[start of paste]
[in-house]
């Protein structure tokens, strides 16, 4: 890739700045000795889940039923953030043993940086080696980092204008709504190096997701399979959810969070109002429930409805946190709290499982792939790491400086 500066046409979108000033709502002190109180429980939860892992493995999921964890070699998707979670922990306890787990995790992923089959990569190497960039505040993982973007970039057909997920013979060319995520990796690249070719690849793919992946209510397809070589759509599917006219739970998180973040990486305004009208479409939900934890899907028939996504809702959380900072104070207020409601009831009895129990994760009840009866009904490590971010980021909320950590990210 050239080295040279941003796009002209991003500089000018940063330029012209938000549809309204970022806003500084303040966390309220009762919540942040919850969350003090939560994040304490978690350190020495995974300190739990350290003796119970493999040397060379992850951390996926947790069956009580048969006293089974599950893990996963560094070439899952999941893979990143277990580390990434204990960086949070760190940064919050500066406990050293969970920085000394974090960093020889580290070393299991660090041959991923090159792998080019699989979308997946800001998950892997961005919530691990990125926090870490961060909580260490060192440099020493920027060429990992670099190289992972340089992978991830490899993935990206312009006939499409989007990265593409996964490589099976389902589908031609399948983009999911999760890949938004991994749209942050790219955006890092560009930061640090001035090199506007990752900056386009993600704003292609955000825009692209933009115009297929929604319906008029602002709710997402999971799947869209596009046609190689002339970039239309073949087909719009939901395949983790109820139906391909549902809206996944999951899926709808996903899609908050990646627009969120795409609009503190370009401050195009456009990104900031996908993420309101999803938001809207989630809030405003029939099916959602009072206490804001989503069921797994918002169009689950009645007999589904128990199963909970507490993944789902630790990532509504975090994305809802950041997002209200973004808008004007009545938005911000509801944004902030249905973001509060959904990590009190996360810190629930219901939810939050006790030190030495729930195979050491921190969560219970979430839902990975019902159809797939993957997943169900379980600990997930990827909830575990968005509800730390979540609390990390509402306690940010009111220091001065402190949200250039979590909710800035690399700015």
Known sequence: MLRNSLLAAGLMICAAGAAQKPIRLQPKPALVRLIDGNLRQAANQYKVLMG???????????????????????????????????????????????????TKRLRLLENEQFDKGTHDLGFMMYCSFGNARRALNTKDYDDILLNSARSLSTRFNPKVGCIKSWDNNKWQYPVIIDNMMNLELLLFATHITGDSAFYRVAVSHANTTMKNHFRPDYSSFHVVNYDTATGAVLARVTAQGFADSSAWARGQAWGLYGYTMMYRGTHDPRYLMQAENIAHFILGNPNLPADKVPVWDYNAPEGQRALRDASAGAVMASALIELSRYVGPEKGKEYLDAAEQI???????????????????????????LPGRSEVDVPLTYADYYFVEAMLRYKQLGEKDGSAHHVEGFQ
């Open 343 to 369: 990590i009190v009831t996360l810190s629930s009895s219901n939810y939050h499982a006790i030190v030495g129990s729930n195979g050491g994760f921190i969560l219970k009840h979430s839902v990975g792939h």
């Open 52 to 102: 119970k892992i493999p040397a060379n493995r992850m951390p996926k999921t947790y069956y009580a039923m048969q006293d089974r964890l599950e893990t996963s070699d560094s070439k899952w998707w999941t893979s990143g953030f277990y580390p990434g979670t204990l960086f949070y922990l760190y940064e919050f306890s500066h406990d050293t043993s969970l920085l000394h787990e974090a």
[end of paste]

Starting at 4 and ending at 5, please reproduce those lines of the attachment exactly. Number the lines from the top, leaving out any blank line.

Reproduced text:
């Open 343 to 369: 990590i009190v009831t996360l810190s629930s009895s219901n939810y939050h499982a006790i030190v030495g129990s729930n195979g050491g994760f921190i969560l219970k009840h979430s839902v990975g792939h």
């Open 52 to 102: 119970k892992i493999p040397a060379n493995r992850m951390p996926k999921t947790y069956y009580a039923m048969q006293d089974r964890l599950e893990t996963s070699d560094s070439k899952w998707w999941t893979s990143g953030f277990y580390p990434g979670t204990l960086f949070y922990l760190y940064e919050f306890s500066h406990d050293t043993s969970l920085l000394h787990e974090a």